Picking a suitable material to install on your driveway is a big decision. The costs of materials vary widely, but there are several things you should consider when comparing their initial costs and long-term value, like how often and what traffic will drive over it. Also, what is the weather like in your area? These variables may determine which material is best suited for your driveway, especially since you want a material that won’t break the bank but also withstands the elements and traffic.


Installing a driveway involves much more than digging up the earth, laying down pavers, and calling it good. The cost of a driveway also depends on how much maintenance your materials will require during their lifetime. Some might be expensive to install but require minimal upkeep to maintain their original shape over the years. Others may be of lesser quality and entail extra time, money, and effort for upkeep.

Usage of Driveway

Whatever driveway material you choose, durability is one of the most critical factors. The type of traffic the driveway will have to handle will determine how long you can expect it to last. For instance, if you are looking for a material that is extra durable for heavy use, consider concrete. Concrete is a very popular choice among homeowners because it requires minimal maintenance and can handle heavy traffic loads.

Weather Conditions

The type of driveway you install may depend on your climate. For instance, some materials are unsuitable for colder areas due to freeze and thaw cycles. If you live in a colder climate, consider an asphalt driveway. This type of material is not affected by temperature or weather conditions. Also, asphalt is a more robust material that lasts longer than concrete. However, concrete is still an excellent option for your driveway if you live in a warmer climate.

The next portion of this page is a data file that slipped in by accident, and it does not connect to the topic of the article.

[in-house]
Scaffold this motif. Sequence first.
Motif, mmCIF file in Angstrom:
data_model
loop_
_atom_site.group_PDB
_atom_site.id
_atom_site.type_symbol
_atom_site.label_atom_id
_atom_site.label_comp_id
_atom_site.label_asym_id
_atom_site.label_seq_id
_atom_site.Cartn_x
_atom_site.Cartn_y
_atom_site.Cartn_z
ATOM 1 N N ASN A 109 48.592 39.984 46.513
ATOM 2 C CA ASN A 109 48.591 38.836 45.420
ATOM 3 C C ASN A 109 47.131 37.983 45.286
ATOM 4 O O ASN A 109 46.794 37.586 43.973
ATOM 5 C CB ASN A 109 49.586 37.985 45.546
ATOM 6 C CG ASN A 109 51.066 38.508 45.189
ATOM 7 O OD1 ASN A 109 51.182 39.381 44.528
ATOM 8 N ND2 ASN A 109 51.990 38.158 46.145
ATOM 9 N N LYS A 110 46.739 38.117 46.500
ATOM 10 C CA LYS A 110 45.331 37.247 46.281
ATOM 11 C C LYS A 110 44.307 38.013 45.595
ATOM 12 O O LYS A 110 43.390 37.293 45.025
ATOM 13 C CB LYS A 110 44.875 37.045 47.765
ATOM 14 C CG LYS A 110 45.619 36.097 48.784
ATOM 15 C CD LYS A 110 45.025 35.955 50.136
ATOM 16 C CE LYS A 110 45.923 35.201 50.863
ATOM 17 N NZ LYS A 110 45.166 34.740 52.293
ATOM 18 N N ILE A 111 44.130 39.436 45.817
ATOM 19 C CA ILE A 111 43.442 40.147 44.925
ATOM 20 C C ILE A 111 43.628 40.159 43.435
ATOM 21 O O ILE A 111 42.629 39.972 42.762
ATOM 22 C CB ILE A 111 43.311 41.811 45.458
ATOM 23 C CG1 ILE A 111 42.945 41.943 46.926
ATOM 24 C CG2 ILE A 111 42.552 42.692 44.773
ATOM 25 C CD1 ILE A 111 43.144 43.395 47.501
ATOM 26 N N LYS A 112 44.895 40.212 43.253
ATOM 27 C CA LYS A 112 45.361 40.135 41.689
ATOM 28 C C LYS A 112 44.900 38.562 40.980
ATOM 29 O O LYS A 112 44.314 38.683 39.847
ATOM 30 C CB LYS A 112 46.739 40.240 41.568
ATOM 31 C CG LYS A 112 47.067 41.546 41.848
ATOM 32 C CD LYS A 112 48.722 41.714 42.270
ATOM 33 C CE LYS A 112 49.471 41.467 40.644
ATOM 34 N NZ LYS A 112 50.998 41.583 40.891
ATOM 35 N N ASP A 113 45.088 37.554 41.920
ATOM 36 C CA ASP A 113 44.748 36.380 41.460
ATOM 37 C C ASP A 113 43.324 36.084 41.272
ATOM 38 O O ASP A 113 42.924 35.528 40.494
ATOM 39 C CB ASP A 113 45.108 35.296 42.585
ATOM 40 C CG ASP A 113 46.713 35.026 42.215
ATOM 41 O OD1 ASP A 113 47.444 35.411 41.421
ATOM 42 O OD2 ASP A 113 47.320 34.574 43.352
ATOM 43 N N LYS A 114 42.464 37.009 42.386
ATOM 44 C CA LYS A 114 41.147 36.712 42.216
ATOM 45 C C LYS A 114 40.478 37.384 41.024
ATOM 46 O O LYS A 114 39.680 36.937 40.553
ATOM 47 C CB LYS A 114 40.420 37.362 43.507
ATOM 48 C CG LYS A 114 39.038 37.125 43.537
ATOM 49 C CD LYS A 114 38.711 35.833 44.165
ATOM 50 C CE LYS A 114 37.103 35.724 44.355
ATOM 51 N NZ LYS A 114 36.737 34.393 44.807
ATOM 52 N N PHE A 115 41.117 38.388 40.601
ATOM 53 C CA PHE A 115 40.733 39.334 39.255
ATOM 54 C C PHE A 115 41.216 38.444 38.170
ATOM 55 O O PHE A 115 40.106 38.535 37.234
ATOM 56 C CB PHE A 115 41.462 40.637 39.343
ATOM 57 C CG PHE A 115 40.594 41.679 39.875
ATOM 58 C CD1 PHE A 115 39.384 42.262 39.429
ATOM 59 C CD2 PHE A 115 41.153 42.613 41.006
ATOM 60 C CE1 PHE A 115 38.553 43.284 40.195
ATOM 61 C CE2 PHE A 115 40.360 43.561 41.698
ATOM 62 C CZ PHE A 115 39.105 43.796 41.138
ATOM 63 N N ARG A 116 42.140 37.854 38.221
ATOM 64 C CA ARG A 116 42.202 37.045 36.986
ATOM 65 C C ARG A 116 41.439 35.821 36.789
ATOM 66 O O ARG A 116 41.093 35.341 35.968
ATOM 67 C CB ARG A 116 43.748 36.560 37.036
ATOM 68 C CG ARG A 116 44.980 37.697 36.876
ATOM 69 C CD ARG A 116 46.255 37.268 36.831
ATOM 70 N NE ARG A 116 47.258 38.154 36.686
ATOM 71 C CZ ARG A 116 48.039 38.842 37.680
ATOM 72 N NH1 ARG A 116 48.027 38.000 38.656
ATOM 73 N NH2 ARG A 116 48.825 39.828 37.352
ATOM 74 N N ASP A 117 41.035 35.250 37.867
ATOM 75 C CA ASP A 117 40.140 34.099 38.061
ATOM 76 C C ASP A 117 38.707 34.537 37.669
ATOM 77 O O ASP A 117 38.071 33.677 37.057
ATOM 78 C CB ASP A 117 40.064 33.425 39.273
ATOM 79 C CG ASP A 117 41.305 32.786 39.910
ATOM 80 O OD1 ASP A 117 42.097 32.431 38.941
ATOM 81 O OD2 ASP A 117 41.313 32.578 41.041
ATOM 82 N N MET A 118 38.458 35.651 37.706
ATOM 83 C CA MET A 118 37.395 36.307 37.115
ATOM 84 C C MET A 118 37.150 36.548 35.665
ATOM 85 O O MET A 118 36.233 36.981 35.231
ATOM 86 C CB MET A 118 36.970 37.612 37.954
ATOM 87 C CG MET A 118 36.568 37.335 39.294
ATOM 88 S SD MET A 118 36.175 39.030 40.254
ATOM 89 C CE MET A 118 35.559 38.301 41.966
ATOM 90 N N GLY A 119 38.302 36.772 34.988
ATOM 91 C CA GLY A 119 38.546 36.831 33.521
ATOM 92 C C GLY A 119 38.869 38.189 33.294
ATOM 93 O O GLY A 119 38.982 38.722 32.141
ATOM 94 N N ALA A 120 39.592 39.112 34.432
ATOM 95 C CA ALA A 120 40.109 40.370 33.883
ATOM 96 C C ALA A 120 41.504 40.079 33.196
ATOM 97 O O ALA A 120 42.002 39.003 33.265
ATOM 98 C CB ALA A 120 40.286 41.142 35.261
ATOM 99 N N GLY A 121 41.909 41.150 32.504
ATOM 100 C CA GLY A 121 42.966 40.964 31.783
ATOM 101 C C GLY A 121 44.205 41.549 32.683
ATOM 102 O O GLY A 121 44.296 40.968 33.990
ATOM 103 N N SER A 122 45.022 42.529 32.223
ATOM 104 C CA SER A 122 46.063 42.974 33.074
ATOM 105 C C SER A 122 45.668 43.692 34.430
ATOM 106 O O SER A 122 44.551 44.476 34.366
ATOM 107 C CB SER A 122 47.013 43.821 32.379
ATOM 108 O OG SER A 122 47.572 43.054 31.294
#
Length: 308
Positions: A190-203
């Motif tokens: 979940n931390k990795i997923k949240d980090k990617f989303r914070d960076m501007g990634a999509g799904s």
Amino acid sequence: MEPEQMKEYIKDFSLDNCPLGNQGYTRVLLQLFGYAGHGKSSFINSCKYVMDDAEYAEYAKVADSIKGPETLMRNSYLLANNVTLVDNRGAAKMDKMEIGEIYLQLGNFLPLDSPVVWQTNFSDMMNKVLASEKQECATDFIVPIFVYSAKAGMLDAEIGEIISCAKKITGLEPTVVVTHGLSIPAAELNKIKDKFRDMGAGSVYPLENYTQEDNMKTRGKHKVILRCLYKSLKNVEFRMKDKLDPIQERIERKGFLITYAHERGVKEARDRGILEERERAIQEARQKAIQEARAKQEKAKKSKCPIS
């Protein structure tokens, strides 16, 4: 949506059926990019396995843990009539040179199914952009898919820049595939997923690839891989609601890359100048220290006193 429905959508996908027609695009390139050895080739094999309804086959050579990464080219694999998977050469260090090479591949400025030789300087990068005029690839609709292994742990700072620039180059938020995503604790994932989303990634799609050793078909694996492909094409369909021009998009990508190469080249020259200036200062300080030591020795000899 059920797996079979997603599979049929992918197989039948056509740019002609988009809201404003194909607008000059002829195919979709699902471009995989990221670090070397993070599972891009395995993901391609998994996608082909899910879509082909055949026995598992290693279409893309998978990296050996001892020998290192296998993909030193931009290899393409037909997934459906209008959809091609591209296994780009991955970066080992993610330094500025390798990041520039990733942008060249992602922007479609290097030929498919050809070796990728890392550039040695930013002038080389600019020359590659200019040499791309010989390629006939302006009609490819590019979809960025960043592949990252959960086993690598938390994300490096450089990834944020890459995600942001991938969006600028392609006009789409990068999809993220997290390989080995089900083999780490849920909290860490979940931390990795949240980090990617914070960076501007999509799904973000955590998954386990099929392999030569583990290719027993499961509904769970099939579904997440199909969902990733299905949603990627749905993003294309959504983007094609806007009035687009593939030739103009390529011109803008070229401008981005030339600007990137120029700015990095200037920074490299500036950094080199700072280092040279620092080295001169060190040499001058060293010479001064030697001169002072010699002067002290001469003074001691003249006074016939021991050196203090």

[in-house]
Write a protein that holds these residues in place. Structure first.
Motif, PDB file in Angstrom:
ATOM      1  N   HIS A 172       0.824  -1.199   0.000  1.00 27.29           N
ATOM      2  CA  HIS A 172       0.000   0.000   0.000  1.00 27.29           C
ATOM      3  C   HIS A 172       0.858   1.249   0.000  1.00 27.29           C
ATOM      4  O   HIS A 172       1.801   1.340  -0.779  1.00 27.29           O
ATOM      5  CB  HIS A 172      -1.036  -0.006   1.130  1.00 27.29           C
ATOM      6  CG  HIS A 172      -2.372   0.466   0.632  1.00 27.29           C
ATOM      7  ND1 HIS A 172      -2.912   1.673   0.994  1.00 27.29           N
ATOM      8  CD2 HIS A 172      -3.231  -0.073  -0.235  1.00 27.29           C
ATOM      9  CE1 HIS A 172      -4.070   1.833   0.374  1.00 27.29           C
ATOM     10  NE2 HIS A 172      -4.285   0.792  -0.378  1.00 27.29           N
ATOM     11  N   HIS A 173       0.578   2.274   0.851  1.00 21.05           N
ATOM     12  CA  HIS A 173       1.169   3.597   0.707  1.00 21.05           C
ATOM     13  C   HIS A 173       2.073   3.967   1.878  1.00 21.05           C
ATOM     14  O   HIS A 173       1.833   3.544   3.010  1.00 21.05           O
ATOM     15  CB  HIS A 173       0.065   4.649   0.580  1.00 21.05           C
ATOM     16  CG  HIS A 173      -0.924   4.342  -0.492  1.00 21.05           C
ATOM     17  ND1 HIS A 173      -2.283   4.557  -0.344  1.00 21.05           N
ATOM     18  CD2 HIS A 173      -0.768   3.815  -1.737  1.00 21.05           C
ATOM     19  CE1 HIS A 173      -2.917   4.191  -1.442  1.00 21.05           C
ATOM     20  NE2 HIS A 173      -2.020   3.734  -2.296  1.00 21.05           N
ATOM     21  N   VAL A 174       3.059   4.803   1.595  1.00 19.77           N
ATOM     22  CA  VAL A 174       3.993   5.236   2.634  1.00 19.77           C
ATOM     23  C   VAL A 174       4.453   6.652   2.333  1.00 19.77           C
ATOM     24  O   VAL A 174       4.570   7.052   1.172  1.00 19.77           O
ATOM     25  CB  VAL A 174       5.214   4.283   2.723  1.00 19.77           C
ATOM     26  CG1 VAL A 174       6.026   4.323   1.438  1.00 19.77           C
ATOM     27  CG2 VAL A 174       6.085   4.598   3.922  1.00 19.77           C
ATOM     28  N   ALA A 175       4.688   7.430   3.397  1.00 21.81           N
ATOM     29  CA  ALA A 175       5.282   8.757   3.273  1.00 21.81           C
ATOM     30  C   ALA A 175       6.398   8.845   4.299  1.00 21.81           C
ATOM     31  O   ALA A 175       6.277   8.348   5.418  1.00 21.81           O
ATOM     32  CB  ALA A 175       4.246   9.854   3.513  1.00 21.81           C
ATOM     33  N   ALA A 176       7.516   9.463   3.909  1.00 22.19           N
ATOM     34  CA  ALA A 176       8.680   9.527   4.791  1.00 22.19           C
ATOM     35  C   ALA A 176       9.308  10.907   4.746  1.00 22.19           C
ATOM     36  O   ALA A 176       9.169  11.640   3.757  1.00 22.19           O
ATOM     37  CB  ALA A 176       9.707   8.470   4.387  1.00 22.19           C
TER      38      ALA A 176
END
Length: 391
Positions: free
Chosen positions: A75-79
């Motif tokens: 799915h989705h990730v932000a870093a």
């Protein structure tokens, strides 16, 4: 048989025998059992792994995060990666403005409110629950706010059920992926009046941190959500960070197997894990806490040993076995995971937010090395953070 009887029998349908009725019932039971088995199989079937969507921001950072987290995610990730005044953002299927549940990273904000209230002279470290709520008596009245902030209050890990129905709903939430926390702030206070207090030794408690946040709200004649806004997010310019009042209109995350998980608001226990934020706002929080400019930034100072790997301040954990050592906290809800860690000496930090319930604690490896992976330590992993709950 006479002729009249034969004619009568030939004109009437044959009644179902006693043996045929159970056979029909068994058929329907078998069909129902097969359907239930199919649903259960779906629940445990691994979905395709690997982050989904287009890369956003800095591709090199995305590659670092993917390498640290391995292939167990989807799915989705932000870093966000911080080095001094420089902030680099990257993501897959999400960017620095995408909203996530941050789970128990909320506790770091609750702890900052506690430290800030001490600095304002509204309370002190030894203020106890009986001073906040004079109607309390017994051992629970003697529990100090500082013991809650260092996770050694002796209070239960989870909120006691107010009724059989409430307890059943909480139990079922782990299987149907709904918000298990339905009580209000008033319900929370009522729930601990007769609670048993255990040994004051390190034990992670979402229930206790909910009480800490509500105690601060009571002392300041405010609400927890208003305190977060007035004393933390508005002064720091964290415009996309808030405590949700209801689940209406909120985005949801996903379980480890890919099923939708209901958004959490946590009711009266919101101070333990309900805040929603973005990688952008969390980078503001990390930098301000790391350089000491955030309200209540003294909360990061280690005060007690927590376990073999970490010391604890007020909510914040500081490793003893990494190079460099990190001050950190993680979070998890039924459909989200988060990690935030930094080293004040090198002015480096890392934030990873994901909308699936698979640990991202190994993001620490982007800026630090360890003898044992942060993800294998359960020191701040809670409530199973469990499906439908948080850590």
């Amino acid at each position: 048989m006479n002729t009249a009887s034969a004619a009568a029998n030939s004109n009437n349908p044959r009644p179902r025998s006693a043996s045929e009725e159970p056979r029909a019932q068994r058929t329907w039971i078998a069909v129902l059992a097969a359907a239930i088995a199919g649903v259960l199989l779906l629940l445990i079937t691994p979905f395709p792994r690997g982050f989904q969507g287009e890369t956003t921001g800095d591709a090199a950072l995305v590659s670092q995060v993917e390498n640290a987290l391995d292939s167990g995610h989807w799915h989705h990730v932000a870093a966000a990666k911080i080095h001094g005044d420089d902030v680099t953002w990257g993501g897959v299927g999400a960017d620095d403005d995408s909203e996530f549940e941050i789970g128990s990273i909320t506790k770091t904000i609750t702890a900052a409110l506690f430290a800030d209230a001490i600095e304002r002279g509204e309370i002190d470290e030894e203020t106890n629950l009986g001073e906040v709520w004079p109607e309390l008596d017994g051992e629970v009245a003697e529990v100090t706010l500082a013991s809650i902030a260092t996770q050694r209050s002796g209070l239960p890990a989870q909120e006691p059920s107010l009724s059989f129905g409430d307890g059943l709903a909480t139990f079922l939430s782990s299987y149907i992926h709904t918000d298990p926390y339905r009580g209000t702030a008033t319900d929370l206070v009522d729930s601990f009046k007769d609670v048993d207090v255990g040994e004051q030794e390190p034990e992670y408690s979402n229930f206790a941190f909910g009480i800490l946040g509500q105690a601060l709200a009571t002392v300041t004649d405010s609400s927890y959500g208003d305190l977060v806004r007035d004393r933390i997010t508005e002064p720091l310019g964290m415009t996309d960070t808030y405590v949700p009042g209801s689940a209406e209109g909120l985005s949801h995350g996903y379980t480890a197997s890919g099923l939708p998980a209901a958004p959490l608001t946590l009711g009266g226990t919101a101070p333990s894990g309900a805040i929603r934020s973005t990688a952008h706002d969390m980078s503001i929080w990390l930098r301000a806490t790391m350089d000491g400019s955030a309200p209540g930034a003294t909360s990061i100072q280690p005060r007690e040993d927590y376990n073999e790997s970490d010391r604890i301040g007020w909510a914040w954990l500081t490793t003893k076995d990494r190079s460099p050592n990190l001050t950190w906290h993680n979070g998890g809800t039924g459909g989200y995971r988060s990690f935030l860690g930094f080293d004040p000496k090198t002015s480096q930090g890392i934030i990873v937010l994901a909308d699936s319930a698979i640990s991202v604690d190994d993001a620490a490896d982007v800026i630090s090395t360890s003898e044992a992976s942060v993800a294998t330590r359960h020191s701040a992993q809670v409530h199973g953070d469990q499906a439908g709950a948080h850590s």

How Long Does It Take to Pave a Driveway?

Homeowners should expect two to three days to install their driveway, with an additional two to three days for the materials to cure properly. You should be able to use your driveway one week after starting the project.

To arrive at the average costs in this article, editorial team members surveyed a range of providers on national and local levels. All averaged figures were correct at the time of publication and may be subject to change.

Bottom Line

Installing a new driveway is a significant project that should be researched carefully. The total cost to pave a driveway is determined by the size of the driveway, desired material and installation factors. The average homeowner may spend about $1,800 to $9,000 for a new driveway installation. When deciding on a material, consider the home’s location, exterior and possible excavation. Always ask for quotes from contractors to compare and contrast costs and check credentials before making a decision.